Writing about a Man Man album is necessarily an activity fraught with problems. To speak solely about the band's recorded music is to ignore all the poignancy and stomp of the total, cracked-out Man Man experience—the violent joy of being thrashed to pieces at their live shows and the ecstasy of seeing grown men in tighty-whiteys and neon headbands work into a frenzy of primal screams. But this album is an important one for Man Man. It's the first time they've worked with an outside producer—the band spent three months in Omaha recording with Mike Mogis, of Bright Eyes and Monsters of Folk fame.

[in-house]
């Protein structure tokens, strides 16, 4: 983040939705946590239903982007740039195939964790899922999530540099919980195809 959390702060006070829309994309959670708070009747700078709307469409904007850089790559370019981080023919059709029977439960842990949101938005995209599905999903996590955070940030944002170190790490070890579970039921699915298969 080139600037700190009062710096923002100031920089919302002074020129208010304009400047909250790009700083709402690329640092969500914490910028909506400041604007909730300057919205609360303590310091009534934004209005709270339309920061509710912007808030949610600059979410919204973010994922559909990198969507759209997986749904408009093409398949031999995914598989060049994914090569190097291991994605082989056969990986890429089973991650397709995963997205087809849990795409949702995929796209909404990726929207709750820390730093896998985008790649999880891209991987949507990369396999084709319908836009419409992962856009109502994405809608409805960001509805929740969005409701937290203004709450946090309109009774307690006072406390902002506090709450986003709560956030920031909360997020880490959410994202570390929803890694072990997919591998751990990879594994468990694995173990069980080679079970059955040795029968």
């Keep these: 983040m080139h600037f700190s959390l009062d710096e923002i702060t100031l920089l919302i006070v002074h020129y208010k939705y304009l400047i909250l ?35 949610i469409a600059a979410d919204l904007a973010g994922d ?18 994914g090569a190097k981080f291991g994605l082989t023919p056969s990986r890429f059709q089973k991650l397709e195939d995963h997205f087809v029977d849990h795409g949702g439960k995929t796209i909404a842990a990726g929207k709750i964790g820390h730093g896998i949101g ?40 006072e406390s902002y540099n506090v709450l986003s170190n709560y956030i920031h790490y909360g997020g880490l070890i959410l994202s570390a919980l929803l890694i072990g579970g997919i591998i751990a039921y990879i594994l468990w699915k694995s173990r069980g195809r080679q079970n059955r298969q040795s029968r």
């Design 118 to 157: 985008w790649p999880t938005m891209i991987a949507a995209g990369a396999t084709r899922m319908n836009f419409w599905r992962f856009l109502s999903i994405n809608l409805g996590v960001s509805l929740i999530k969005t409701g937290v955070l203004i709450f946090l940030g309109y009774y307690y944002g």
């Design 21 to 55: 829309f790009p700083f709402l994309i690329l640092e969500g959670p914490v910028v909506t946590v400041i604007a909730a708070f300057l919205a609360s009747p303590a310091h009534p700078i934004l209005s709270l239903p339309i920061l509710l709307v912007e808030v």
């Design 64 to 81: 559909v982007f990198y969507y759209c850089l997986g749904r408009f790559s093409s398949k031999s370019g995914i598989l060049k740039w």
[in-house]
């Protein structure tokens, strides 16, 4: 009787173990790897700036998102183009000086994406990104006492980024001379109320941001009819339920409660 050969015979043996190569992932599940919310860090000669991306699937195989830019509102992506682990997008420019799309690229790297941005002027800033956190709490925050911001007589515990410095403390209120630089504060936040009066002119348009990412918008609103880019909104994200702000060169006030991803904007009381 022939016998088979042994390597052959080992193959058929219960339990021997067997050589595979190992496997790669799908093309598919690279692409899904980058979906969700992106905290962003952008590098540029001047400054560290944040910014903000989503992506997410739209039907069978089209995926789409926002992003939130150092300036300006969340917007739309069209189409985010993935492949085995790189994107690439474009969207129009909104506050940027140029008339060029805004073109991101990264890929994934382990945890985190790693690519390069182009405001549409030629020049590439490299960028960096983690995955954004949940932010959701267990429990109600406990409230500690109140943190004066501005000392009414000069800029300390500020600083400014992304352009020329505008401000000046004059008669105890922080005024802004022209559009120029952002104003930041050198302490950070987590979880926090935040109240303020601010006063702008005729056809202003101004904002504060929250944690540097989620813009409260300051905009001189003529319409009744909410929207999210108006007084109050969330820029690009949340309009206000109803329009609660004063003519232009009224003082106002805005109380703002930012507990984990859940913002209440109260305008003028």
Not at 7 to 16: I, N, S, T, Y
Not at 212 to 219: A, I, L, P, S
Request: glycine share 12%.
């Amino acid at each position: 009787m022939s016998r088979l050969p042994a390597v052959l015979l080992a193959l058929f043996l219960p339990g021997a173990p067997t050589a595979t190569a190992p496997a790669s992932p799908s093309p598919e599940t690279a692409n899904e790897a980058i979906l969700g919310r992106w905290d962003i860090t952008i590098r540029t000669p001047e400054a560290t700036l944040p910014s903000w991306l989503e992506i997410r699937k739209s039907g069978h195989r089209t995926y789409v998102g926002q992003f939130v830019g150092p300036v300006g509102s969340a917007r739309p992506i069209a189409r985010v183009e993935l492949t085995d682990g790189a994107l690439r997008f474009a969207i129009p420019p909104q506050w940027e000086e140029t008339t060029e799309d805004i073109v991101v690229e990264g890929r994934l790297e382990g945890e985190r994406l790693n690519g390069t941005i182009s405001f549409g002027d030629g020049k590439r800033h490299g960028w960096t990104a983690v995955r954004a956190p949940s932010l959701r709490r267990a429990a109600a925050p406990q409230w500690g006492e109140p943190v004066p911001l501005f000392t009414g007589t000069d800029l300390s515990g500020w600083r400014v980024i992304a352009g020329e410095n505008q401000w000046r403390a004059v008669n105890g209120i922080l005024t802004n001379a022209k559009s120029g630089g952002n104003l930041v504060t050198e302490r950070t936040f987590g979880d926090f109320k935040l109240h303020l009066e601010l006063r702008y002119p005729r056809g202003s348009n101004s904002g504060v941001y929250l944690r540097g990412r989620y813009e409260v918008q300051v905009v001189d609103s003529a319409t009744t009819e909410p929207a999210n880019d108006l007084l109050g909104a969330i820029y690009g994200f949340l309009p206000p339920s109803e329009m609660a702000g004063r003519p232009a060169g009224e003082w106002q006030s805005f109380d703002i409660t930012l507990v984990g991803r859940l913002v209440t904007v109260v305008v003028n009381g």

Life Fantastic sounds less impulsive and more deliberate than their previous records. There are more clean and isolated instrumental breaks, and the stripped-down third track, "Steak Knives," is probably the closest lead singer Honus Honus will ever get to one-man-and-a-guitar. The title-track is a reflective piece that works up to a "Day in the Life" kind of finish, but more than any other song on the album demonstrates how the collision of indie sensitivity with Man Man's sense of chaos can lead to great success. Still, one must wonder about the ongoing creative battle this album must have been. "Piranhas Club" sounds straight-up smooth and glitzy, pretty, even—if it weren't for Honus Honus instructing the listener to tear someone's limbs off. Long-time fans will pleased to learn that the cannibal Klezmer demon that possesses Man Man's collective soul is still alive and kicking on the album, even if, at times, it slows down to a phrygian dirge to reflect on the havoc it has wreaked.